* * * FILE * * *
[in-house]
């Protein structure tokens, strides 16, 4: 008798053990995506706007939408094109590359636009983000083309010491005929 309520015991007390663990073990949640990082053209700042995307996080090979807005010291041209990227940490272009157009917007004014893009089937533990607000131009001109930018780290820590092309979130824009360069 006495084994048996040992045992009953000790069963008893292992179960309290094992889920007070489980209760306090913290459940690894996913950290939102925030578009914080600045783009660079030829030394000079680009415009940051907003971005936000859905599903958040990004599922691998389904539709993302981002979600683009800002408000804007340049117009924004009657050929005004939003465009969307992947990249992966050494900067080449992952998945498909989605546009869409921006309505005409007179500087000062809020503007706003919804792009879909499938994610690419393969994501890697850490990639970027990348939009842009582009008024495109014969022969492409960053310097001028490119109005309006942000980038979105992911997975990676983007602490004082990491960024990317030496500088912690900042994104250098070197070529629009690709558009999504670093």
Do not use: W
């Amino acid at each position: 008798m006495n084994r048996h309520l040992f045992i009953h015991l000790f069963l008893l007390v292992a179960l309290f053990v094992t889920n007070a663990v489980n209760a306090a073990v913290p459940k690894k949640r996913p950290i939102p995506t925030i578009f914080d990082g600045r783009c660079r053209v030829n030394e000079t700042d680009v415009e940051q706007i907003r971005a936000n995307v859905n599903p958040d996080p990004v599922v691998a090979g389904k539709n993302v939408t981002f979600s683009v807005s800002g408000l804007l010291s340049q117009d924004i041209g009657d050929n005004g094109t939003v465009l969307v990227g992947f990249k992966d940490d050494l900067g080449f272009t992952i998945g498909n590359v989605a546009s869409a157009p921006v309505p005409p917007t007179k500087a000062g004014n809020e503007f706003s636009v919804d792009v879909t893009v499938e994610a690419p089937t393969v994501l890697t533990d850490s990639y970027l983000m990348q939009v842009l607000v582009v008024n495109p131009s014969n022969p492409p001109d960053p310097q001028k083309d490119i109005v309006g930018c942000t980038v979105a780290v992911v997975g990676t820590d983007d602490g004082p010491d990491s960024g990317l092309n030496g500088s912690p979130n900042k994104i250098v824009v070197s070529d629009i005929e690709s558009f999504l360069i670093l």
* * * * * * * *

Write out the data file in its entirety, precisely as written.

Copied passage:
[in-house]
């Protein structure tokens, strides 16, 4: 008798053990995506706007939408094109590359636009983000083309010491005929 309520015991007390663990073990949640990082053209700042995307996080090979807005010291041209990227940490272009157009917007004014893009089937533990607000131009001109930018780290820590092309979130824009360069 006495084994048996040992045992009953000790069963008893292992179960309290094992889920007070489980209760306090913290459940690894996913950290939102925030578009914080600045783009660079030829030394000079680009415009940051907003971005936000859905599903958040990004599922691998389904539709993302981002979600683009800002408000804007340049117009924004009657050929005004939003465009969307992947990249992966050494900067080449992952998945498909989605546009869409921006309505005409007179500087000062809020503007706003919804792009879909499938994610690419393969994501890697850490990639970027990348939009842009582009008024495109014969022969492409960053310097001028490119109005309006942000980038979105992911997975990676983007602490004082990491960024990317030496500088912690900042994104250098070197070529629009690709558009999504670093």
Do not use: W
């Amino acid at each position: 008798m006495n084994r048996h309520l040992f045992i009953h015991l000790f069963l008893l007390v292992a179960l309290f053990v094992t889920n007070a663990v489980n209760a306090a073990v913290p459940k690894k949640r996913p950290i939102p995506t925030i578009f914080d990082g600045r783009c660079r053209v030829n030394e000079t700042d680009v415009e940051q706007i907003r971005a936000n995307v859905n599903p958040d996080p990004v599922v691998a090979g389904k539709n993302v939408t981002f979600s683009v807005s800002g408000l804007l010291s340049q117009d924004i041209g009657d050929n005004g094109t939003v465009l969307v990227g992947f990249k992966d940490d050494l900067g080449f272009t992952i998945g498909n590359v989605a546009s869409a157009p921006v309505p005409p917007t007179k500087a000062g004014n809020e503007f706003s636009v919804d792009v879909t893009v499938e994610a690419p089937t393969v994501l890697t533990d850490s990639y970027l983000m990348q939009v842009l607000v582009v008024n495109p131009s014969n022969p492409p001109d960053p310097q001028k083309d490119i109005v309006g930018c942000t980038v979105a780290v992911v997975g990676t820590d983007d602490g004082p010491d990491s960024g990317l092309n030496g500088s912690p979130n900042k994104i250098v824009v070197s070529d629009i005929e690709s558009f999504l360069i670093l």